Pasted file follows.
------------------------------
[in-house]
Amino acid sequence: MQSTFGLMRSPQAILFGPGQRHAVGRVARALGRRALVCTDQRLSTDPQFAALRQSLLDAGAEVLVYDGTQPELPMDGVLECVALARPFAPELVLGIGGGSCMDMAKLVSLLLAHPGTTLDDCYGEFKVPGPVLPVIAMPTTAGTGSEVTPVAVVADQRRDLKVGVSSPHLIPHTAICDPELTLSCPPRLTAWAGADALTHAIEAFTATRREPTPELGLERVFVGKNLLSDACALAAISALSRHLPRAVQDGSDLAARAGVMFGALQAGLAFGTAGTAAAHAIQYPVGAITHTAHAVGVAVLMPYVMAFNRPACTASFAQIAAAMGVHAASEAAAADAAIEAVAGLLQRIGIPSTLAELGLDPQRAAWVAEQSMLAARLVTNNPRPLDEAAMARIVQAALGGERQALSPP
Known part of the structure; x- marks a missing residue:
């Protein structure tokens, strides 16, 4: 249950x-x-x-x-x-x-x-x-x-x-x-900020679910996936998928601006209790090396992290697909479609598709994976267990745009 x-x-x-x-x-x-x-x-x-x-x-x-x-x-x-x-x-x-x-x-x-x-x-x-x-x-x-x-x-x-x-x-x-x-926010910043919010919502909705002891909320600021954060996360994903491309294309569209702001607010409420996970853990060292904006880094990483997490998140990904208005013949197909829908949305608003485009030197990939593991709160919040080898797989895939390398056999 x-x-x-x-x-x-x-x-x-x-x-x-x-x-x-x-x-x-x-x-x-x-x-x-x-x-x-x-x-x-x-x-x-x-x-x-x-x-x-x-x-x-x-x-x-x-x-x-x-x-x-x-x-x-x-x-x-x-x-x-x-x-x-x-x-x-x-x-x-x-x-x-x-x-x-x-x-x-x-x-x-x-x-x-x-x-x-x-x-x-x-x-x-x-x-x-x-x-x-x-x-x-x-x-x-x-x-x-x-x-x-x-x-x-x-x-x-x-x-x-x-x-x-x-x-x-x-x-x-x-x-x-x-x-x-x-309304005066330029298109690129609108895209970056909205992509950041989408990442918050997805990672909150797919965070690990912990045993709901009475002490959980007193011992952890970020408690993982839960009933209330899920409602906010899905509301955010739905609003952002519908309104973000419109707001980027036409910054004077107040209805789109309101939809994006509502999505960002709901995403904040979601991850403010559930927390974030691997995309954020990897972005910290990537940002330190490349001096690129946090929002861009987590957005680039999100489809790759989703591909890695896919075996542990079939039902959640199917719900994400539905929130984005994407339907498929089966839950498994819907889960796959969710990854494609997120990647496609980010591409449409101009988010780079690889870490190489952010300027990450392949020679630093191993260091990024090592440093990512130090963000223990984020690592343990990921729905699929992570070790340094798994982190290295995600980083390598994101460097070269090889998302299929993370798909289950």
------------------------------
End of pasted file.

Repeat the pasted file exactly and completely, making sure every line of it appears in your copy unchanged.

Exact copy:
[in-house]
Amino acid sequence: MQSTFGLMRSPQAILFGPGQRHAVGRVARALGRRALVCTDQRLSTDPQFAALRQSLLDAGAEVLVYDGTQPELPMDGVLECVALARPFAPELVLGIGGGSCMDMAKLVSLLLAHPGTTLDDCYGEFKVPGPVLPVIAMPTTAGTGSEVTPVAVVADQRRDLKVGVSSPHLIPHTAICDPELTLSCPPRLTAWAGADALTHAIEAFTATRREPTPELGLERVFVGKNLLSDACALAAISALSRHLPRAVQDGSDLAARAGVMFGALQAGLAFGTAGTAAAHAIQYPVGAITHTAHAVGVAVLMPYVMAFNRPACTASFAQIAAAMGVHAASEAAAADAAIEAVAGLLQRIGIPSTLAELGLDPQRAAWVAEQSMLAARLVTNNPRPLDEAAMARIVQAALGGERQALSPP
Known part of the structure; x- marks a missing residue:
């Protein structure tokens, strides 16, 4: 249950x-x-x-x-x-x-x-x-x-x-x-900020679910996936998928601006209790090396992290697909479609598709994976267990745009 x-x-x-x-x-x-x-x-x-x-x-x-x-x-x-x-x-x-x-x-x-x-x-x-x-x-x-x-x-x-x-x-x-x-926010910043919010919502909705002891909320600021954060996360994903491309294309569209702001607010409420996970853990060292904006880094990483997490998140990904208005013949197909829908949305608003485009030197990939593991709160919040080898797989895939390398056999 x-x-x-x-x-x-x-x-x-x-x-x-x-x-x-x-x-x-x-x-x-x-x-x-x-x-x-x-x-x-x-x-x-x-x-x-x-x-x-x-x-x-x-x-x-x-x-x-x-x-x-x-x-x-x-x-x-x-x-x-x-x-x-x-x-x-x-x-x-x-x-x-x-x-x-x-x-x-x-x-x-x-x-x-x-x-x-x-x-x-x-x-x-x-x-x-x-x-x-x-x-x-x-x-x-x-x-x-x-x-x-x-x-x-x-x-x-x-x-x-x-x-x-x-x-x-x-x-x-x-x-x-x-x-x-x-309304005066330029298109690129609108895209970056909205992509950041989408990442918050997805990672909150797919965070690990912990045993709901009475002490959980007193011992952890970020408690993982839960009933209330899920409602906010899905509301955010739905609003952002519908309104973000419109707001980027036409910054004077107040209805789109309101939809994006509502999505960002709901995403904040979601991850403010559930927390974030691997995309954020990897972005910290990537940002330190490349001096690129946090929002861009987590957005680039999100489809790759989703591909890695896919075996542990079939039902959640199917719900994400539905929130984005994407339907498929089966839950498994819907889960796959969710990854494609997120990647496609980010591409449409101009988010780079690889870490190489952010300027990450392949020679630093191993260091990024090592440093990512130090963000223990984020690592343990990921729905699929992570070790340094798994982190290295995600980083390598994101460097070269090889998302299929993370798909289950």